Aleph Zero: Why Do We Need Another Layer 1?
We have created a new consensus protocol. It is powering what’s known as a blockchain Layer 1, or an infrastructure layer. And every time we talk with someone about Aleph Zero, one question is inevitable: why bother building a new platform?
Why, on earth, would you reinvent the wheel?
These are important questions, and we will answer all of them in the hopes of satisfying the inquisitive minds of those curious about Aleph Zero.
What Is a Protocol Layer in Computer Networking?
At the surface level, blockchains are just peer-to-peer networks for exchanging transactions, similarly to WiFi or LTE, which are different ways for connected devices to exchange messages. The way in which each type of communication is performed is described by its respective protocol.
Networks are massively complicated by design, so the designers organize the protocols, software, and hardware in layers. Each protocol belongs to one layer and each is distributed among the network nodes.
A layer operates by exchanging messages on its level. So, layer n operates with layer n messages; layer n-1 operates with layer n-1 messages and so forth.
Let’s add a service model to the layer. In this concept, layer n-1 offers services to layer n. In Computer Networking: A Top-Down Approach Featuring the Internet, James F. Kurose and Keith W. Ross compare this concept to the way we (used to) send letters.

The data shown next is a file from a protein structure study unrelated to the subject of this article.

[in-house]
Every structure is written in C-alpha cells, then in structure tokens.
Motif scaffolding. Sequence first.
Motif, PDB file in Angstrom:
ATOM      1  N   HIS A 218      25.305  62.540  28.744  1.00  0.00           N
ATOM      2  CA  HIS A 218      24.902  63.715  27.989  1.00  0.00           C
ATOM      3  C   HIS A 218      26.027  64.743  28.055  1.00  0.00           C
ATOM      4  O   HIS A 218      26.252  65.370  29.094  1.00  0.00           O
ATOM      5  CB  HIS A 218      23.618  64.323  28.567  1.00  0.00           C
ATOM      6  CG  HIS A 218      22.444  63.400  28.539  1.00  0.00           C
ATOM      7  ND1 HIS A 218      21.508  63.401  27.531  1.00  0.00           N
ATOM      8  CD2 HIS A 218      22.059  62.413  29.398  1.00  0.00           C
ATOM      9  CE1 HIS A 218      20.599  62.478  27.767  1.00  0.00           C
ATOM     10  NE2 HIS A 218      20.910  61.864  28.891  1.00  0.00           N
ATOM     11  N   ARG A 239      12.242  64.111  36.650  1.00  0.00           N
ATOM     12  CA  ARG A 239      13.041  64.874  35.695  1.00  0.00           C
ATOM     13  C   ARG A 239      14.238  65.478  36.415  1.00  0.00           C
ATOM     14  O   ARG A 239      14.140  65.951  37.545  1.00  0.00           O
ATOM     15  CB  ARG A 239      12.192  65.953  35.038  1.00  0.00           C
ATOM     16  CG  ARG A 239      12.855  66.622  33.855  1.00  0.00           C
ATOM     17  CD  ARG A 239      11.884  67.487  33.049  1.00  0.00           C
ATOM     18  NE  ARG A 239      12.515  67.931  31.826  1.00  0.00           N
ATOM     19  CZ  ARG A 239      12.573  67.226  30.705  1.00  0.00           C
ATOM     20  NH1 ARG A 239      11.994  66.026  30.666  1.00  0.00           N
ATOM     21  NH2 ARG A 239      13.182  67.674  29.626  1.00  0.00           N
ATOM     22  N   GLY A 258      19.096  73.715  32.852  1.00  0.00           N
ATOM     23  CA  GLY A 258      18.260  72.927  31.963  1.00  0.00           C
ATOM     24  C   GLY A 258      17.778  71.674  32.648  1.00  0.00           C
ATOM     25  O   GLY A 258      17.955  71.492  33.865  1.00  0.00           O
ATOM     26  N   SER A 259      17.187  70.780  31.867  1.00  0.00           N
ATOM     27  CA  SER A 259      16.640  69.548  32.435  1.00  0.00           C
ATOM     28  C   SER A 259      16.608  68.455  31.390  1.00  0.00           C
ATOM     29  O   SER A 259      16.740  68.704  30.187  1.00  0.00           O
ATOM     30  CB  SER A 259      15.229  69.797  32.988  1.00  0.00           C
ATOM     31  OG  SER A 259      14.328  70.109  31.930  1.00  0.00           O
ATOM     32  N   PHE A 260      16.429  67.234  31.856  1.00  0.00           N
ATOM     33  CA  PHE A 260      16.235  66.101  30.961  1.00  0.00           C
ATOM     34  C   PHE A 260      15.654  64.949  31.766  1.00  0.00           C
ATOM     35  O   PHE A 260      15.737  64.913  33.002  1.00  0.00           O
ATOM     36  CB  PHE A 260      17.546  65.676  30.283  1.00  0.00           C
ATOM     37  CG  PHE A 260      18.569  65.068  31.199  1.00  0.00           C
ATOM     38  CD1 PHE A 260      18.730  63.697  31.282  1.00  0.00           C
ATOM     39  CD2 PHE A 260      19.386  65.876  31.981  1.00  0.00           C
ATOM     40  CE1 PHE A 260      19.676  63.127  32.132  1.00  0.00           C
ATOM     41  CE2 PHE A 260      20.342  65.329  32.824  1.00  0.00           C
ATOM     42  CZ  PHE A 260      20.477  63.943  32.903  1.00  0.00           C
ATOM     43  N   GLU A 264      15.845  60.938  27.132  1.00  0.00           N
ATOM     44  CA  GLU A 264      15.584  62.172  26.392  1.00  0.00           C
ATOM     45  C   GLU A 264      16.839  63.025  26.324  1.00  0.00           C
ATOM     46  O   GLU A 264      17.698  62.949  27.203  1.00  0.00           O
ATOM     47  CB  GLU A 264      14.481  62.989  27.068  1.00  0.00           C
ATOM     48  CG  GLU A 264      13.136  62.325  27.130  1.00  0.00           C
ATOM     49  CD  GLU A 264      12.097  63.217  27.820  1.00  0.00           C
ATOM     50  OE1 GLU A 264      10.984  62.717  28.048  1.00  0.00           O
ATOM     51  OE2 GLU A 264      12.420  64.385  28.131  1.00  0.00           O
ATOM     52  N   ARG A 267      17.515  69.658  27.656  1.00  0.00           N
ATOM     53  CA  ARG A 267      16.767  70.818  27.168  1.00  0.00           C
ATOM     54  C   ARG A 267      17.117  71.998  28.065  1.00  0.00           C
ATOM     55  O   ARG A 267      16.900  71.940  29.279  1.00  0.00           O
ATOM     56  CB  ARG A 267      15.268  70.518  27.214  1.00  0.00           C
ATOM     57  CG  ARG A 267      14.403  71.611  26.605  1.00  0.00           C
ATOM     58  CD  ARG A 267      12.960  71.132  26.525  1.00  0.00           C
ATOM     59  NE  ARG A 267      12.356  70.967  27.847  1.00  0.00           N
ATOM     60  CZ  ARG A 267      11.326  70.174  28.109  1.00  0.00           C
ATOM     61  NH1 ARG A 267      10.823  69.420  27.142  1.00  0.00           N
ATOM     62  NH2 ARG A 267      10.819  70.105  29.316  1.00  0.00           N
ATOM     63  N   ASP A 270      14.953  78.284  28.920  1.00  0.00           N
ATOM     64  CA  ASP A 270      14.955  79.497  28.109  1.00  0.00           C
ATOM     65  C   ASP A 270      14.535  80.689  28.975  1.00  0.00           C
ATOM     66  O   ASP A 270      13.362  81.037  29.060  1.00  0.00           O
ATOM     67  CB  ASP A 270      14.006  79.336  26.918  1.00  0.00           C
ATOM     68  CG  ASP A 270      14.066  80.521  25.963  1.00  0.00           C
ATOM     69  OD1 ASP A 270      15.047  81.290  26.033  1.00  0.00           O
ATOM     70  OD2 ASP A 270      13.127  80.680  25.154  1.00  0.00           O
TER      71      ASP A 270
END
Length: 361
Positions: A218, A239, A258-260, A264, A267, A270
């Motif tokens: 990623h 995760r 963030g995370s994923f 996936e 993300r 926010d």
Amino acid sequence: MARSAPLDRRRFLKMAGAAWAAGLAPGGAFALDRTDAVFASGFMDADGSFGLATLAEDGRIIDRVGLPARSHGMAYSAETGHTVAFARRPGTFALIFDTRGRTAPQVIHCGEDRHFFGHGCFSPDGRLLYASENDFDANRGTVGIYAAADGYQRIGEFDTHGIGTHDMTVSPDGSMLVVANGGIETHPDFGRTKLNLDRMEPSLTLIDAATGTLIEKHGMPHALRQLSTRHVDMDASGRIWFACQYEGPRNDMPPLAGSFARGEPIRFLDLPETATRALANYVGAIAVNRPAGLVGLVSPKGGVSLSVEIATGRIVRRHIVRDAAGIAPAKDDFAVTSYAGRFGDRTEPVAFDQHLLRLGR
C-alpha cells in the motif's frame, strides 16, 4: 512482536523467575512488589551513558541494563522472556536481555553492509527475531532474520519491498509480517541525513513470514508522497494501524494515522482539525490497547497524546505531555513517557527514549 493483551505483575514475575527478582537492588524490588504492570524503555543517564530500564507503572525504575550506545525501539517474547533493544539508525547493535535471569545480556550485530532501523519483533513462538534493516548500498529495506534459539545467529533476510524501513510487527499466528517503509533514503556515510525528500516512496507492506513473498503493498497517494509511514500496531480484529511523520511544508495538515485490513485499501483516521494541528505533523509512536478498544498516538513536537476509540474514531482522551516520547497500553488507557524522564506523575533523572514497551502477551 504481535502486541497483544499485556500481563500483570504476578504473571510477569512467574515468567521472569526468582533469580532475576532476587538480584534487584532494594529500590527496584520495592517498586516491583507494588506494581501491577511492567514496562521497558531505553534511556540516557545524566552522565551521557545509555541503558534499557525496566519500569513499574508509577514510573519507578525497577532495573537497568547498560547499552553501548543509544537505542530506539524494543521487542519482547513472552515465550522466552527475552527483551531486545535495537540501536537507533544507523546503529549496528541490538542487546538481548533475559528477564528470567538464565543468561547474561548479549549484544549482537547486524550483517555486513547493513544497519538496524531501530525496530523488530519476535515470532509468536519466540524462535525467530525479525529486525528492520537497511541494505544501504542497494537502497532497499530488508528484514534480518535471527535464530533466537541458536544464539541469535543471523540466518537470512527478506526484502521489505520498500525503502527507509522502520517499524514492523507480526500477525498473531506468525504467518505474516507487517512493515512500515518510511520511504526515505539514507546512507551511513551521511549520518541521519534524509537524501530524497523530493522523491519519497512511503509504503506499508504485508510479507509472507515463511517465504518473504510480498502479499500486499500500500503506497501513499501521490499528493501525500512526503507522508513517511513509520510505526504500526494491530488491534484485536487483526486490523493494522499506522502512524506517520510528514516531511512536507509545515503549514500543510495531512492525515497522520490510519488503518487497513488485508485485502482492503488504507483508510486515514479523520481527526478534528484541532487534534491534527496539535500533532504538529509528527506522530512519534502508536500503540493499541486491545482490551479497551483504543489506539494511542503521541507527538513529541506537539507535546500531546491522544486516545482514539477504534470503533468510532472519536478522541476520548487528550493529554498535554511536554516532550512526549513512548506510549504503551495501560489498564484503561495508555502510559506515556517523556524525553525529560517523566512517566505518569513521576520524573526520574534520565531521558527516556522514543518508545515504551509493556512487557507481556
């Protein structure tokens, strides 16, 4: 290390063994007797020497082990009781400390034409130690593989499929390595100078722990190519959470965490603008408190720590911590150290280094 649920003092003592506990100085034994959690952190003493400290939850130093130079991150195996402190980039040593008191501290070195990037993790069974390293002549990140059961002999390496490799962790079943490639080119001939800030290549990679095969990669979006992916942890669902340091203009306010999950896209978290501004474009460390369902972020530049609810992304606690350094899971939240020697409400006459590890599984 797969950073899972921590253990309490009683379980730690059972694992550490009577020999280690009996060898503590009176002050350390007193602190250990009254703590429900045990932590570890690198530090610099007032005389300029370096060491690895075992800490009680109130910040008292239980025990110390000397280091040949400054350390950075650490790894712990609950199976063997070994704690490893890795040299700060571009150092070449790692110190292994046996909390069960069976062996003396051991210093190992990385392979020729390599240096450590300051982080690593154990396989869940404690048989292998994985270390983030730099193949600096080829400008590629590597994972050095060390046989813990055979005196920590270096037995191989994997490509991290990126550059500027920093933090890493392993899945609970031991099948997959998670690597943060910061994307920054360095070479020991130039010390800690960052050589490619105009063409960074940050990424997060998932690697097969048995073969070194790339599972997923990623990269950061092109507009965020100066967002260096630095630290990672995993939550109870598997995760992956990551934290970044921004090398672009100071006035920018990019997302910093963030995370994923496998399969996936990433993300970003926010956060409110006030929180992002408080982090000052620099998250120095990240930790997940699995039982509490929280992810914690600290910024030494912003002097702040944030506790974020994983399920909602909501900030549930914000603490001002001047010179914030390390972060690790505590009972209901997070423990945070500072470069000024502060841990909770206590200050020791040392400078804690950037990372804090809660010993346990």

The sender and receiver are in the same layer. The sender writes a letter, puts it in an envelope and throws it into the mailbox. Here, the post takes over the transportation process – to deliver the letter to the correct address in a timely manner.
The postal service is another layer. It may add some information to the envelope, such as a barcode, has some processes that ensure the mail will be transported even if the car breaks down, etc.
Once the post is delivered, it moves back to the layer of senders and receivers. And this is – on many layers – how the Internet works.
Using layers is not a choice – it is rather a necessity because of the way the Internet works. Think about the types of connections – Wi-Fi, Ethernet, LTE. They are completely incompatible with each other but with one layer above that can join them, they all can provide Internet connection and allow devices to communicate, no matter which connection type is used.
But what do Internet layers have to do with blockchain? Ultimately, understanding this information about Internet layers can help one understand the structure of a blockchain.
What Is a Blockchain Layer?
Like the Internet, blockchain can also be considered as having a layer structure, and the layers also interact with similar principles, although that’s about the only thing blockchain and the Internet have in common.
The concept of layers is abstract, so it is applied with some room for interpretation. And so in the case of blockchain, as this space is still quite new, this room is much bigger than in the Internet’s case. You can see the wide range of theories and interpretations clearly in publications written a few years ago.
For example, a Medium article by David Xiao in 2016 suggests we should be talking about five layers of blockchain, that is:
Contrary to Xiao’s article, Kyle Torpey wrote an article about Eric Lombrozo pointing to two main layers, consensus and P2P propagation, as well as referring to off-chain protocols as another layer, but by the time of writing (2016), they were just barely in development. They still are, actually, but with some advancements.
For the purpose of this article, we will speak in terms of the most popular, broad concept of layers in blockchain:
- Layer 1 – the actual blockchain, sometimes called the “main chain”.